The teller further testified that she examined Mr. Yang’s identification on all transactions over a period of two months and confirmed that he was the chief executive officer of Paradigm, as he fraudulently claimed to be. However, when Mr. Wakefield confronted her with bank records proving that she never checked Mr. Yang’s identification, the teller admitted that,in violation of Wells Fargo procedures, she did not inspect his identification or confirm his identity.


During the three-day civil trial in Orange County Superior Court, Wells Fargo did not offer any evidence showing that the transactions were approved by Paradigm Industries, quietly conceding that none of the withdrawals or transfers were authorized. Consequently, the court ruled in Paradigm’s favor, awarding $80,000 in damages.

Mr. Wakefield said that he was pleased with the outcome, as he sought to prove that Wells Fargo failed to protect its customer—Paradigm Industries—from fraud and unauthorized transactions by disregarding its own procedures and policies. “Our client was very satisfied with the outcome of the trial because it recovered all funds fraudulently withdrawn from their checking account, as well as all banking fees and charges associated with the unauthorized transactions.”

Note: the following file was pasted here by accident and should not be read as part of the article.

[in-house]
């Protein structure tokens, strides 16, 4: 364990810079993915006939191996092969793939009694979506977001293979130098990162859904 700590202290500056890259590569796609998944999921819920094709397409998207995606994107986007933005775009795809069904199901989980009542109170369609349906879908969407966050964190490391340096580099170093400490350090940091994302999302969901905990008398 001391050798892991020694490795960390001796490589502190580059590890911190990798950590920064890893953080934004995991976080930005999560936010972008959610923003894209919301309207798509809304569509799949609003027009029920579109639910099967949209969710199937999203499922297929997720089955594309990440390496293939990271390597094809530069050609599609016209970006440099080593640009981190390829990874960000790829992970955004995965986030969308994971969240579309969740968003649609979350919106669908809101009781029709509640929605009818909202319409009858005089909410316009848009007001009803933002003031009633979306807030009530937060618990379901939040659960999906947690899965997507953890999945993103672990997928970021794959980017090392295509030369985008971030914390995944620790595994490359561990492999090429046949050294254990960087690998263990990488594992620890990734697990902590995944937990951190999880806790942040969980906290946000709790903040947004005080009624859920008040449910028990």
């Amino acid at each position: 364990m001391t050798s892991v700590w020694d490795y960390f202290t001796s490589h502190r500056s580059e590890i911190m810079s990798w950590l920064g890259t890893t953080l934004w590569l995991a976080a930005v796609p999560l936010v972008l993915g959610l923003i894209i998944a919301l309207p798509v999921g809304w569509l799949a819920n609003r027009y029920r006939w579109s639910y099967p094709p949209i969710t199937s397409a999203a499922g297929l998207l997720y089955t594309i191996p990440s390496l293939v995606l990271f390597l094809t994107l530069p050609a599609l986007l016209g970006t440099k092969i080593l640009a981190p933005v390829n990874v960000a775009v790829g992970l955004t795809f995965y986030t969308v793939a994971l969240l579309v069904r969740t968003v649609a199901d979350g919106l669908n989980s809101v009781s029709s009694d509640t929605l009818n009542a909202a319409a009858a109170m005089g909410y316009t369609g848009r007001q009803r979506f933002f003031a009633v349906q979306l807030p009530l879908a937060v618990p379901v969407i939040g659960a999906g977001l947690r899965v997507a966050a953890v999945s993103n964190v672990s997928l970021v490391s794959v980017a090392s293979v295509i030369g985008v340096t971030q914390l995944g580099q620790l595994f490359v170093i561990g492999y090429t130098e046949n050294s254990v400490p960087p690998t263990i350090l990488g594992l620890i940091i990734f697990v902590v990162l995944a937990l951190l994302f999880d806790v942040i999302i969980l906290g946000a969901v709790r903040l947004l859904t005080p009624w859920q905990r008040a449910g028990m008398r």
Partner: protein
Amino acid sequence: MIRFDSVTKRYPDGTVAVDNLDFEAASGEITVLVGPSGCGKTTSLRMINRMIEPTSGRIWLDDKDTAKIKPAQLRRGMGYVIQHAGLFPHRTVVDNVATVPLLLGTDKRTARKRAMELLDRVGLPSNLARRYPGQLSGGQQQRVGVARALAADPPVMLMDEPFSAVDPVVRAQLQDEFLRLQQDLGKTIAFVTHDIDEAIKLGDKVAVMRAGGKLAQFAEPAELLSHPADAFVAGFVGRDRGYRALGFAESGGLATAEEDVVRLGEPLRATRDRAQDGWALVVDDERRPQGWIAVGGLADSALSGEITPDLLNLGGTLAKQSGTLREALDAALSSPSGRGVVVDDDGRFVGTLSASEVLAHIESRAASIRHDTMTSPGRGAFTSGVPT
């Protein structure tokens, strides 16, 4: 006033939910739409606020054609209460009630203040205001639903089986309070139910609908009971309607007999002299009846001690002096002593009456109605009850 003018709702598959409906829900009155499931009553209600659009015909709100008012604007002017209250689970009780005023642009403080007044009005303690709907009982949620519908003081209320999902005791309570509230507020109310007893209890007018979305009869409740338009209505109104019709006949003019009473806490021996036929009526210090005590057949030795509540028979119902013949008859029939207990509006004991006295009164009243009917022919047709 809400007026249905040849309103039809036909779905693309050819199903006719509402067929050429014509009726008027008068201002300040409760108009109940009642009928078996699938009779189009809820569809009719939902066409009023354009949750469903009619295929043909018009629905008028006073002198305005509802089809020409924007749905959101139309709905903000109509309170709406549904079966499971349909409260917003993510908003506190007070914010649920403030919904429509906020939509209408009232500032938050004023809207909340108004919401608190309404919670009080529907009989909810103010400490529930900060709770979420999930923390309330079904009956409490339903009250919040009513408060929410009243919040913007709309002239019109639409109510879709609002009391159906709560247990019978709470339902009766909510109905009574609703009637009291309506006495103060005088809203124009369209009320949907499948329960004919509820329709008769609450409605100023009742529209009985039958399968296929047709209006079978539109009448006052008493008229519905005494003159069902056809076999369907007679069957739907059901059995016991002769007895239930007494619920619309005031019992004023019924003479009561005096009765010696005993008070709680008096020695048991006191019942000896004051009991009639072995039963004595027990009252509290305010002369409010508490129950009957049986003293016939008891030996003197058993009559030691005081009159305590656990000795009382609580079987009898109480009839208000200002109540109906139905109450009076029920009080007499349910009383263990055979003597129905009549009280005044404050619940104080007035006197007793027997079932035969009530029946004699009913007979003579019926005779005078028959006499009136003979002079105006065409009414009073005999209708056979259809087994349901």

Lou Chase, chief executive officer for Paradigm, said he was more than pleased with Cummins & White and the outcome of the trial. “Wells Fargo knew the teller made a mistake but did not believe that we (a small business tired of being picked on by a big bank) would find a firm willing to to go to trial against them,” Chase said. “However, Cummins & White took up our case, and it was victorious” This was a true David versus Goliath fight.”